Wolf undecided about returning for another season

39-year-old lefty made 7 starts this season for Tigers

Wolf undecided about returning for another season

CHICAGO -- Randy Wolf endured nearly a full season riding the bus at Triple-A to get another shot in the big leagues. He didn't get a win, but he proved he could still pitch at age 39. It remains to be seen whether he wants to go through that again in 2016.

Wolf (0-5, 6.42 ERA) said he hasn't made a decision whether he'll try to pitch again next season, but after fighting his way back to big leagues, he's much more at peace if his 16th Major League season ends up being his last.

He felt too good when he threw last offseason not to try to come back. After seven starts with the Tigers, he feels good.

"For me, to just battle to get back to the big leagues, obviously I really wish I could've done better, but mentally, I'm in a much better place going through what I did," Wolf said Friday. "Regardless of what happens, I'm good with it. If I don't play again, I'm fine. If I do, I'm fine as well. Last year, I didn't feel that way. It was a very unsettling feeling. I think it would've driven me nuts. Now, I'm in a much better place."

Wolf spent the 2014 season in five different organizations, making four starts and two relief appearances with the Marlins. He signed with the Blue Jays in the middle of Spring Training, agreed to go to Triple-A Buffalo, then made 23 starts there without a call while the Blue Jays brought up their youngsters.

It took a pair of Tigers starters going on the DL the same day for Wolf to get his shot, going to Detroit in a Minor League trade for cash considerations. He had quality starts in his first two outings, including seven innings of one-run ball against the Angels in a 2-0 loss, then went seven quality innings against the White Sox on Sept. 21 in a 3-2 loss. The other outings ended up being a struggle, capped by six Twins runs -- four earned -- on seven hits with just five outs recorded.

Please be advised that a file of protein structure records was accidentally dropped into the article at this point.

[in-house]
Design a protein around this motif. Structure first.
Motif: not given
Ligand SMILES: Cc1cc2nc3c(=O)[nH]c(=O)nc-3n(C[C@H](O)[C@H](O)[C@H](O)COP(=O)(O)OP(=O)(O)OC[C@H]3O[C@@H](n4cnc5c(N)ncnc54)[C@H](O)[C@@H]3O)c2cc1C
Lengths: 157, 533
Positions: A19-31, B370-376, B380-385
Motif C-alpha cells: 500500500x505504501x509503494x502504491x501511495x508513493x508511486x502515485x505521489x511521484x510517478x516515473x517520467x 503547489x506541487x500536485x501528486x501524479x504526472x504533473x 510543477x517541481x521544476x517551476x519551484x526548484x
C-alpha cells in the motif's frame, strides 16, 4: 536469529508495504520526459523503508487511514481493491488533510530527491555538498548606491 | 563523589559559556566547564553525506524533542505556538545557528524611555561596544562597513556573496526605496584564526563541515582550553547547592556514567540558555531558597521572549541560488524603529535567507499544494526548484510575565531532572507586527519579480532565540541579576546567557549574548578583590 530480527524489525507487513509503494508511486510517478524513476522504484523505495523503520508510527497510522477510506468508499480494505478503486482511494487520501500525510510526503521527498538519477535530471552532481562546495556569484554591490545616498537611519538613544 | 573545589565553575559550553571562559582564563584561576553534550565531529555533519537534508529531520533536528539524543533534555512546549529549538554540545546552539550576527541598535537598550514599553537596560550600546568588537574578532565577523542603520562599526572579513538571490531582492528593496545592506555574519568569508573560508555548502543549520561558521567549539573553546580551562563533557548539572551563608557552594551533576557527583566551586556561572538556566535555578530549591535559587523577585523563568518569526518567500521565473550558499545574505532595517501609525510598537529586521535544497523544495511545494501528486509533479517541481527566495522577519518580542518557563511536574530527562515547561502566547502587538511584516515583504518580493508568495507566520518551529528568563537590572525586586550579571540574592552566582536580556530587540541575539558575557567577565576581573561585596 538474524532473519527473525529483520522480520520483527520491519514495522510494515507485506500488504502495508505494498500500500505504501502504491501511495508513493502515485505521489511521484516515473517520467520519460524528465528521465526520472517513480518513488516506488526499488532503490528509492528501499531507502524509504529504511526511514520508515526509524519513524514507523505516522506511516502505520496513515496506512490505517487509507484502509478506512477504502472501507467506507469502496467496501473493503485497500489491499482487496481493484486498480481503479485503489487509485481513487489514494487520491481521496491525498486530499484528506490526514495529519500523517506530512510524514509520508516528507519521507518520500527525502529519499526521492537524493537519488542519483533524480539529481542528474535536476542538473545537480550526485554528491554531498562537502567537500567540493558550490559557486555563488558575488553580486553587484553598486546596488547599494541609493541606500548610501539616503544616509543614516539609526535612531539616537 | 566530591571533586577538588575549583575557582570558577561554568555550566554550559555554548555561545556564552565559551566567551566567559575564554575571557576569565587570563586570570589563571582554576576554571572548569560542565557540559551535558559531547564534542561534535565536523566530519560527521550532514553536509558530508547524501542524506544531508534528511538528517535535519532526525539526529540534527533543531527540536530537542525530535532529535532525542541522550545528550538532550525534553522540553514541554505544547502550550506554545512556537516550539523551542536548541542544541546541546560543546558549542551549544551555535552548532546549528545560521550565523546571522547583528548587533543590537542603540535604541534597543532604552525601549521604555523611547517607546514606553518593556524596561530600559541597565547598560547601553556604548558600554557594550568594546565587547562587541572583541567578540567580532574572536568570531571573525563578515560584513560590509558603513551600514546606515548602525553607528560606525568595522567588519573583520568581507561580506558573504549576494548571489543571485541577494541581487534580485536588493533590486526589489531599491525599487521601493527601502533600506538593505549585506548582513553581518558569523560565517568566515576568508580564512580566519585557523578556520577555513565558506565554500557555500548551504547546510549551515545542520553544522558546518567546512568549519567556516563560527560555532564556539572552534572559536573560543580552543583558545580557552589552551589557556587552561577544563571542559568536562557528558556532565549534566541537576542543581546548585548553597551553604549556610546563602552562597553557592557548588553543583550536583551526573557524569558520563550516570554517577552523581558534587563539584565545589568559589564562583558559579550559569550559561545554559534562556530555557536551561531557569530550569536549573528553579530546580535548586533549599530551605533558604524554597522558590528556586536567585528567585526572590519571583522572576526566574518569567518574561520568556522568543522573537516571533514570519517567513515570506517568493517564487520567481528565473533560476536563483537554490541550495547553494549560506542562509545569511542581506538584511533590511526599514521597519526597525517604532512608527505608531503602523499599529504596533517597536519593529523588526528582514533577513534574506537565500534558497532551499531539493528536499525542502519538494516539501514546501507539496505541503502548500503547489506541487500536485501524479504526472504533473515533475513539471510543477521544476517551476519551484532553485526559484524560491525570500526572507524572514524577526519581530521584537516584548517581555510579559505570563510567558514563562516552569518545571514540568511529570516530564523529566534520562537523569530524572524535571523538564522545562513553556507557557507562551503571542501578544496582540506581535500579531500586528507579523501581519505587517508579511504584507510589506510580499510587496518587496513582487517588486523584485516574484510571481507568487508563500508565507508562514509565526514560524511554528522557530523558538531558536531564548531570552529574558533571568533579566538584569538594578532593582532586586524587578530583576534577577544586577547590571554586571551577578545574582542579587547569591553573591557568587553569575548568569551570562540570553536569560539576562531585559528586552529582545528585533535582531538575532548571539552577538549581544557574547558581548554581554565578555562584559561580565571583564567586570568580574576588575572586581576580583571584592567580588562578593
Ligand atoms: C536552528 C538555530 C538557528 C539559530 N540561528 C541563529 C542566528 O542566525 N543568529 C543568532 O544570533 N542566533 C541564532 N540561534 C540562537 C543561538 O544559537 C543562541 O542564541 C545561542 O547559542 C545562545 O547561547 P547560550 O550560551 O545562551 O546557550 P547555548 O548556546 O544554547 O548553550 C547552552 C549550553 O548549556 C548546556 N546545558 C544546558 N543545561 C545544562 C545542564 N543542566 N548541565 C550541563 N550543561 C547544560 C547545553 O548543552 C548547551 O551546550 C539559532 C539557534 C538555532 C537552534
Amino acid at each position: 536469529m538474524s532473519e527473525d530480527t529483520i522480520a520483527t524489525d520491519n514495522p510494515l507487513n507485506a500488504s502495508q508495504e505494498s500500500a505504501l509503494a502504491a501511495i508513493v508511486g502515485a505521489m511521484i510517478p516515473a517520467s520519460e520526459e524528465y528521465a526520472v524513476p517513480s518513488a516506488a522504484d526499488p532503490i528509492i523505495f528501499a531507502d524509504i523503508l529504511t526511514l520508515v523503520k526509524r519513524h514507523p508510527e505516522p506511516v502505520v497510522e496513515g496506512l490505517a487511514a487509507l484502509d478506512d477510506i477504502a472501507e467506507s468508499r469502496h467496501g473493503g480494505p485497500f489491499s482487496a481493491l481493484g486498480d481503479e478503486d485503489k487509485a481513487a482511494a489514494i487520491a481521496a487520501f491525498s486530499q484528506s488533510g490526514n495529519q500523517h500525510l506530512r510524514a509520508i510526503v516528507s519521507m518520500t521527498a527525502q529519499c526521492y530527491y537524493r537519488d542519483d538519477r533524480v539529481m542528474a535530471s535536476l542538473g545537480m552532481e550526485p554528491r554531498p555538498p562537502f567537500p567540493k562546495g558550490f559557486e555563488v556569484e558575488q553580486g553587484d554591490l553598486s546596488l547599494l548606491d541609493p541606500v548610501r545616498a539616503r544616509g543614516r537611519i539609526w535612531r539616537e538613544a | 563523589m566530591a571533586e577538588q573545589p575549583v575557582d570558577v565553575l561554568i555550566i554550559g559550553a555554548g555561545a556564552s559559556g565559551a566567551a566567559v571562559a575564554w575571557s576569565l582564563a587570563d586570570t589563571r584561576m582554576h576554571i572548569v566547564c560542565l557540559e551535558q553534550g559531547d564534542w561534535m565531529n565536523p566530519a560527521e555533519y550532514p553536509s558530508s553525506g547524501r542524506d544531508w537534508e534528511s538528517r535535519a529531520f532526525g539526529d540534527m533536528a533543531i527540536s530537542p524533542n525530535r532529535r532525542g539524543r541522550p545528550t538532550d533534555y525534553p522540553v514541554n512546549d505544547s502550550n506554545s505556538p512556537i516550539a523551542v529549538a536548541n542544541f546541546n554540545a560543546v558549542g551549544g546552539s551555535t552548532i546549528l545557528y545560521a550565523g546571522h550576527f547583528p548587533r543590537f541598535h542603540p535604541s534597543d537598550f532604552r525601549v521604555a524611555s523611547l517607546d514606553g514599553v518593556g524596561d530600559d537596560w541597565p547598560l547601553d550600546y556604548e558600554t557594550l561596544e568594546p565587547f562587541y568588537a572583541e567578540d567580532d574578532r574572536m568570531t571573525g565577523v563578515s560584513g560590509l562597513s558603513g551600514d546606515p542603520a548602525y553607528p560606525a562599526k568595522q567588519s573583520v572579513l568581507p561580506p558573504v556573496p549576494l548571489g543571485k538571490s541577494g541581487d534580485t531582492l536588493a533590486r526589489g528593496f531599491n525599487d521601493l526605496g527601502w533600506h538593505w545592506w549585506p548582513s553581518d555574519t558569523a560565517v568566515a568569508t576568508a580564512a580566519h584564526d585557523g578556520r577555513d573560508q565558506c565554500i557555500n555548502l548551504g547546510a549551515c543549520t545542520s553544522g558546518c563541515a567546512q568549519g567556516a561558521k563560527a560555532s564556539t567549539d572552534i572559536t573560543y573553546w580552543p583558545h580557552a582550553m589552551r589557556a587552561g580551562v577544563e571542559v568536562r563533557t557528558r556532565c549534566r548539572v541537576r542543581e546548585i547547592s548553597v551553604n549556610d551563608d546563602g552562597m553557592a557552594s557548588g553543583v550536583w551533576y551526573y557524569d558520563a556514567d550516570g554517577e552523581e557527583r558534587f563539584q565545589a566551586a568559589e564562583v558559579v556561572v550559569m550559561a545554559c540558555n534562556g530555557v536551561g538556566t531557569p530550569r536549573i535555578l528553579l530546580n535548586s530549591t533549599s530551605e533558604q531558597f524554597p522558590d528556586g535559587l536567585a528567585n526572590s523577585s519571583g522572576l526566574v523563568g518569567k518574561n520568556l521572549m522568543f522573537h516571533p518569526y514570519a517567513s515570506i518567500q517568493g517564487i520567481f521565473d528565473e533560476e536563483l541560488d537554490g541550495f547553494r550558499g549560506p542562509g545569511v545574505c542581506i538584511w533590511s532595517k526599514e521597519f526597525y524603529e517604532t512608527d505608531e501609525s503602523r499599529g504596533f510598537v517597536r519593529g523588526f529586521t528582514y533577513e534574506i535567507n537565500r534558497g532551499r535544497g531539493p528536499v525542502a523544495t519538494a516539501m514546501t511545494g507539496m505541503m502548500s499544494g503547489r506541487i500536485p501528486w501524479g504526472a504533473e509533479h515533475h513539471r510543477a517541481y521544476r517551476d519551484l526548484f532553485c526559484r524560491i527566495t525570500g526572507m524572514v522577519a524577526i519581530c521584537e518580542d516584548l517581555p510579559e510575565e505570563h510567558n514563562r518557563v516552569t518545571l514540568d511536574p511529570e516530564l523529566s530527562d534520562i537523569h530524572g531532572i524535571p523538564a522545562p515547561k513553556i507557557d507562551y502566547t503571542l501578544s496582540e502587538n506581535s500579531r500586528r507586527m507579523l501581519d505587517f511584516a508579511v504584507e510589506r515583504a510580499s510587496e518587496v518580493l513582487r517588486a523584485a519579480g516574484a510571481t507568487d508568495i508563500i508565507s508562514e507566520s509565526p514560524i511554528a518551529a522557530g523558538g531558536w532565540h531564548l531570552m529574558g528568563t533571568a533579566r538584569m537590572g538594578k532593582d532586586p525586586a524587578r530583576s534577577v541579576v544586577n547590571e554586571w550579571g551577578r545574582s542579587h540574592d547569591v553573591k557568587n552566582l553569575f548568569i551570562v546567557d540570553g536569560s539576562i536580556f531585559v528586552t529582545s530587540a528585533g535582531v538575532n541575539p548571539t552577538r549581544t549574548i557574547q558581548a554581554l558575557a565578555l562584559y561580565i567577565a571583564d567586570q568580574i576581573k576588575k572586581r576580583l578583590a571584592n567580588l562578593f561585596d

"I felt like here, I had two bad games. Other than that, I felt OK, had some good games," Wolf said. "It's unfortunate to have a zero in the win column, but to me it was an accomplishment at my age, after two Tommy Johns, to come back and be throwing at the same velocity as I did when I was 25 years old, and battle back to get here with the Tigers. To me, I felt like it's a personal accomplishment. I know what I did to get there, and the battle I fought to get there. That, to me, is gratifying in itself. That helps out my mental frame."

It's a battle that might be difficult for him to push through once more. He made his Tigers debut on Aug. 22 on his 39th birthday.

"I feel like I could do it, physically, but there's just a lot of factors," Wolf said. "The past two years have been a grind. Baseball's easy. It's the grind of battling in Triple-A, not knowing if you're going to the big leagues, last year bouncing between five different teams. It's a mental grind. I think that's what my main issue is."

If this is it for Wolf, barring a relief appearance this weekend, he would finish with a 133-125 record in 389 career appearances, 379 of them starts. His 2,237 1/3 innings rank 11th among active pitchers, his 19.4 Wins Above Replacement ranks 42nd.

Jason Beck is a reporter for MLB.com. Read Beck's Blog, follow him on Twitter @beckjason and listen to his podcast. This story was not subject to the approval of Major League Baseball or its clubs.